By Dale Gabrielse
Training Manager, Subaru Industrial Power Products
For many, summer is the time to relax and take it easy – not the case for do-it-yourselfers. Summer is prime time to take care of all sorts of projects, whether it be building a new deck, installing a fence, or one of the dozens of other DIY projects on the list. Because tools and equipment are often pushed to their limits during these busy months, routine maintenance often falls by the wayside.
But as the projects start wrapping up and summer comes to an end, the fall presents an ideal time to give equipment some much-needed TLC. While a generator doesn’t require time-intensive maintenance, it does need regular attention year-round and a little extra care to prepare for seasonal changes.
Before The Storm
The number one rule of portable generator operation is never operate indoors or even a partially enclosed space, as doing so can lead to deadly carbon monoxide poisoning. When the temperature drops, it may be tempting to move the generator to a warmer area such as a shed, garage or partially finished building, but it should only be operated outside in a completely open area. A generator is designed to run outdoors and built tough to handle the elements.
Checking the oil before each use is common preventative maintenance. When colder temperatures are on the horizon, the oil must be changed to the appropriate viscosity. Many manufacturers recommend using multi-viscosity oil, which is designed to recognize the outdoor temperature and adjust viscosity accordingly.
Another pre-operation practice is checking the fuel level. Especially during cold weather operation, condensation can occur inside the fuel tank and cause engine problems, so top off the tank before daily operation.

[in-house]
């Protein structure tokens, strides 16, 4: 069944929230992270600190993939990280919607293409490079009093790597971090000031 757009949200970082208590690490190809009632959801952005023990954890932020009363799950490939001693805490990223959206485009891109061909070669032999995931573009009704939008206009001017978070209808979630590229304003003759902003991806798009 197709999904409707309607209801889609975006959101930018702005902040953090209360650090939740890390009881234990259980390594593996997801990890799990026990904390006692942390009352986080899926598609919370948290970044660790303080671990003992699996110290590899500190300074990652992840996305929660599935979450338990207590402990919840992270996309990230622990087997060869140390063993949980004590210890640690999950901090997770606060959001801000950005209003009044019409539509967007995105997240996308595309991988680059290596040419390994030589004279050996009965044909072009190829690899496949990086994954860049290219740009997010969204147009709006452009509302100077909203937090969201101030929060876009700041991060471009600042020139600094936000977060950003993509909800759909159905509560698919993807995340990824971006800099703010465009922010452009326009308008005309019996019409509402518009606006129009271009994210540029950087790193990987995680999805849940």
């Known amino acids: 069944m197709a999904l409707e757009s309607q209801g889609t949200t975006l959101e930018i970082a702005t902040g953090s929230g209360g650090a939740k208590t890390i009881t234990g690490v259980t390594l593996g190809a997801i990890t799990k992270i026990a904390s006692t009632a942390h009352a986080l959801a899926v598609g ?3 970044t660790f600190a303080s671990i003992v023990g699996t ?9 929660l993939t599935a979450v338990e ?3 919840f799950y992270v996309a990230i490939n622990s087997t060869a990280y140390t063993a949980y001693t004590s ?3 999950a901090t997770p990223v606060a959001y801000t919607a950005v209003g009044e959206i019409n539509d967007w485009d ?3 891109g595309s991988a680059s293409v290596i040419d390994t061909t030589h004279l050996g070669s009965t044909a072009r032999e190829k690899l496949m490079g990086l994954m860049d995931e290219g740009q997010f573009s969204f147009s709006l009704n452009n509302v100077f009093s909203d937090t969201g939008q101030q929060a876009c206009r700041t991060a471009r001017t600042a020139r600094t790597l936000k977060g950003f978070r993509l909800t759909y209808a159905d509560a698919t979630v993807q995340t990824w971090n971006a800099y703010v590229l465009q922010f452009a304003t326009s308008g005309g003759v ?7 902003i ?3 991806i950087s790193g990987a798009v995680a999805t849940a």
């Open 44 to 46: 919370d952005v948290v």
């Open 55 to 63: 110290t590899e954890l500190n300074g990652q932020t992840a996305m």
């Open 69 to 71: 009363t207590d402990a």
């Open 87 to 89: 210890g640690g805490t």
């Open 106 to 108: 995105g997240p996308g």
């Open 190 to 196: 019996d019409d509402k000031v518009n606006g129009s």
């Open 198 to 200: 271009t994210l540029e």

If the air filter hasn’t been cleaned or changed all summer, check to see if it’s dirty or clogged, and clean or change as necessary. Filters should be cleaned about every 100 hours or so and changed on a monthly basis.
Finally, conduct a seasonal inspection of the spark plugs to be sure they’re clean and damage-free. A wire brush or spark plug cleaner may be used to remove any excess dirt or carbon. Be sure to replace any damaged or cracked plugs immediately.
Even with adequate pre-season preparation, normal generator operation can be interrupted due to sudden weather conditions. Knowing how to react and troubleshoot problems will prevent excessive downtime.
Although generators actually run very well in cooler weather, the damp conditions that often come with rain and early snowfall can cause problems for the carburetor, crankcase and breather system. If cold or freezing rain, or even snow begins to fall, place a protective awning or tarp a few feet above the unit. This will protect it from snow and ice intrusion, while still allowing adequate ventilation.
If the generator’s operation slows or stops completely, or it begins to smoke, it’s likely moisture has built up and created icing around the carburetor. If this happens, shut down the generator and move to a warm, dry place until the ice has melted. Be sure to wipe off any excess moisture.
To prevent issues of ice build-up around the carburetor, some generator manufacturers offer cold weather kits. These kits include a special feature that directs warm air from the cylinder head back to the carburetor.
A quick seasonal tune-up can be the difference between worry-free generator operation and a lot of frustration in the coming months. Taking the time to perform a little preventative maintenance and prepare the unit for the upcoming season will greatly pay off in the long run.